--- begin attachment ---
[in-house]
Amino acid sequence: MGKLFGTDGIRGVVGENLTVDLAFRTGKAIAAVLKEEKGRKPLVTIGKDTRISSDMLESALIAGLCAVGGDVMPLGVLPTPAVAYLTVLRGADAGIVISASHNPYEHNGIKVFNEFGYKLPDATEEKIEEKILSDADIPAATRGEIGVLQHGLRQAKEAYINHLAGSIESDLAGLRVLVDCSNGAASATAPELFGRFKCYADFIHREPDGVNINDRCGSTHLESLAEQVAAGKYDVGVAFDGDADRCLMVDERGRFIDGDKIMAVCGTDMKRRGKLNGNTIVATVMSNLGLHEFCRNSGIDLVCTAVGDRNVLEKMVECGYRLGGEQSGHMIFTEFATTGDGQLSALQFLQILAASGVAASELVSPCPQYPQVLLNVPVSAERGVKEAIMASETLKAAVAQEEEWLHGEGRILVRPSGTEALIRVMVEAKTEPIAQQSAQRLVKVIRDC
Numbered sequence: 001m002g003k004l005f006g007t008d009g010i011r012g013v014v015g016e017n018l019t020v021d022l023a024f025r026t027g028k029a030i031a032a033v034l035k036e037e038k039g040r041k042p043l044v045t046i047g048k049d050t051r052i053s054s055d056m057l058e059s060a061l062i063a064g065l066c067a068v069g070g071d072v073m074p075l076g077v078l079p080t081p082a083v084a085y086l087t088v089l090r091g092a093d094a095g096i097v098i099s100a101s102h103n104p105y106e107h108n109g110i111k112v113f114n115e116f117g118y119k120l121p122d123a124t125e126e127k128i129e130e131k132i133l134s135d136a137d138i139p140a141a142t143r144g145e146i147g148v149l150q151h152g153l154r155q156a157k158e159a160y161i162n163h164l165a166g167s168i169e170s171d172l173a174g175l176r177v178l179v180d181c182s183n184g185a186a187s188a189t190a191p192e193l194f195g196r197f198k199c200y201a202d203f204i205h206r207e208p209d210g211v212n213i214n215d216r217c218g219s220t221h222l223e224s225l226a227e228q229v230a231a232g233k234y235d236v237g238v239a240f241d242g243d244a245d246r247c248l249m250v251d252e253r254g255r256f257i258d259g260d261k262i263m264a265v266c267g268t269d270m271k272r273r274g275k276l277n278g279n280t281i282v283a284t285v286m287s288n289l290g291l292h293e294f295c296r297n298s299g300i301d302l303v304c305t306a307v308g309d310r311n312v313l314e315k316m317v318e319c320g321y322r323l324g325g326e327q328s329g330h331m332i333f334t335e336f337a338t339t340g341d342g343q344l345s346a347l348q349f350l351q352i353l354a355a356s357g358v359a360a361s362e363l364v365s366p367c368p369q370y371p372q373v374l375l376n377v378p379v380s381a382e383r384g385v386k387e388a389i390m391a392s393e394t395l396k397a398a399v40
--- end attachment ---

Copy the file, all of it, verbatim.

[in-house]
Amino acid sequence: MGKLFGTDGIRGVVGENLTVDLAFRTGKAIAAVLKEEKGRKPLVTIGKDTRISSDMLESALIAGLCAVGGDVMPLGVLPTPAVAYLTVLRGADAGIVISASHNPYEHNGIKVFNEFGYKLPDATEEKIEEKILSDADIPAATRGEIGVLQHGLRQAKEAYINHLAGSIESDLAGLRVLVDCSNGAASATAPELFGRFKCYADFIHREPDGVNINDRCGSTHLESLAEQVAAGKYDVGVAFDGDADRCLMVDERGRFIDGDKIMAVCGTDMKRRGKLNGNTIVATVMSNLGLHEFCRNSGIDLVCTAVGDRNVLEKMVECGYRLGGEQSGHMIFTEFATTGDGQLSALQFLQILAASGVAASELVSPCPQYPQVLLNVPVSAERGVKEAIMASETLKAAVAQEEEWLHGEGRILVRPSGTEALIRVMVEAKTEPIAQQSAQRLVKVIRDC
Numbered sequence: 001m002g003k004l005f006g007t008d009g010i011r012g013v014v015g016e017n018l019t020v021d022l023a024f025r026t027g028k029a030i031a032a033v034l035k036e037e038k039g040r041k042p043l044v045t046i047g048k049d050t051r052i053s054s055d056m057l058e059s060a061l062i063a064g065l066c067a068v069g070g071d072v073m074p075l076g077v078l079p080t081p082a083v084a085y086l087t088v089l090r091g092a093d094a095g096i097v098i099s100a101s102h103n104p105y106e107h108n109g110i111k112v113f114n115e116f117g118y119k120l121p122d123a124t125e126e127k128i129e130e131k132i133l134s135d136a137d138i139p140a141a142t143r144g145e146i147g148v149l150q151h152g153l154r155q156a157k158e159a160y161i162n163h164l165a166g167s168i169e170s171d172l173a174g175l176r177v178l179v180d181c182s183n184g185a186a187s188a189t190a191p192e193l194f195g196r197f198k199c200y201a202d203f204i205h206r207e208p209d210g211v212n213i214n215d216r217c218g219s220t221h222l223e224s225l226a227e228q229v230a231a232g233k234y235d236v237g238v239a240f241d242g243d244a245d246r247c248l249m250v251d252e253r254g255r256f257i258d259g260d261k262i263m264a265v266c267g268t269d270m271k272r273r274g275k276l277n278g279n280t281i282v283a284t285v286m287s288n289l290g291l292h293e294f295c296r297n298s299g300i301d302l303v304c305t306a307v308g309d310r311n312v313l314e315k316m317v318e319c320g321y322r323l324g325g326e327q328s329g330h331m332i333f334t335e336f337a338t339t340g341d342g343q344l345s346a347l348q349f350l351q352i353l354a355a356s357g358v359a360a361s362e363l364v365s366p367c368p369q370y371p372q373v374l375l376n377v378p379v380s381a382e383r384g385v386k387e388a389i390m391a392s393e394t395l396k397a398a399v40